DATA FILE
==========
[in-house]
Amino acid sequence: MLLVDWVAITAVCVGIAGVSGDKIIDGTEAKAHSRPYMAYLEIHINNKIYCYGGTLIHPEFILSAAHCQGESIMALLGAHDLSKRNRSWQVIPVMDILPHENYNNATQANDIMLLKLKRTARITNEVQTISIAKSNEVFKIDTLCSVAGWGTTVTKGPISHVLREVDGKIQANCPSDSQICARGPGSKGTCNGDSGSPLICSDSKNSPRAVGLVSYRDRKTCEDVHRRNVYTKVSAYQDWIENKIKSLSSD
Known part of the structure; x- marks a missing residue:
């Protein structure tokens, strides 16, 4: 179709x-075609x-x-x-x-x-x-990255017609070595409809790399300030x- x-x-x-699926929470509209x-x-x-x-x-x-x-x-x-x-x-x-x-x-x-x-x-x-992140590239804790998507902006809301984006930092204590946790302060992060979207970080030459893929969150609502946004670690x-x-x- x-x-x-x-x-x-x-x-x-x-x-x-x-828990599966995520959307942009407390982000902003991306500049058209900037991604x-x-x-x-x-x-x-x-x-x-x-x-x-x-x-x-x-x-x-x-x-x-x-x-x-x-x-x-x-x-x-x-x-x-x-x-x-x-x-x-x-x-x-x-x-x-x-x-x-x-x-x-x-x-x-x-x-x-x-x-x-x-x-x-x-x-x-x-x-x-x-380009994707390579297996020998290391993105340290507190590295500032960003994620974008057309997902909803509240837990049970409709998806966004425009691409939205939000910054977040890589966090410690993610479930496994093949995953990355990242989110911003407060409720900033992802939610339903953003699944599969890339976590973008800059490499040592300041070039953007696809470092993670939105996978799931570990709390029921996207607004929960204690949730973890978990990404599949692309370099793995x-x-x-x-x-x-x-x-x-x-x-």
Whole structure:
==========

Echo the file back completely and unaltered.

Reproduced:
[in-house]
Amino acid sequence: MLLVDWVAITAVCVGIAGVSGDKIIDGTEAKAHSRPYMAYLEIHINNKIYCYGGTLIHPEFILSAAHCQGESIMALLGAHDLSKRNRSWQVIPVMDILPHENYNNATQANDIMLLKLKRTARITNEVQTISIAKSNEVFKIDTLCSVAGWGTTVTKGPISHVLREVDGKIQANCPSDSQICARGPGSKGTCNGDSGSPLICSDSKNSPRAVGLVSYRDRKTCEDVHRRNVYTKVSAYQDWIENKIKSLSSD
Known part of the structure; x- marks a missing residue:
């Protein structure tokens, strides 16, 4: 179709x-075609x-x-x-x-x-x-990255017609070595409809790399300030x- x-x-x-699926929470509209x-x-x-x-x-x-x-x-x-x-x-x-x-x-x-x-x-x-992140590239804790998507902006809301984006930092204590946790302060992060979207970080030459893929969150609502946004670690x-x-x- x-x-x-x-x-x-x-x-x-x-x-x-x-828990599966995520959307942009407390982000902003991306500049058209900037991604x-x-x-x-x-x-x-x-x-x-x-x-x-x-x-x-x-x-x-x-x-x-x-x-x-x-x-x-x-x-x-x-x-x-x-x-x-x-x-x-x-x-x-x-x-x-x-x-x-x-x-x-x-x-x-x-x-x-x-x-x-x-x-x-x-x-x-x-x-x-x-380009994707390579297996020998290391993105340290507190590295500032960003994620974008057309997902909803509240837990049970409709998806966004425009691409939205939000910054977040890589966090410690993610479930496994093949995953990355990242989110911003407060409720900033992802939610339903953003699944599969890339976590973008800059490499040592300041070039953007696809470092993670939105996978799931570990709390029921996207607004929960204690949730973890978990990404599949692309370099793995x-x-x-x-x-x-x-x-x-x-x-």
Whole structure: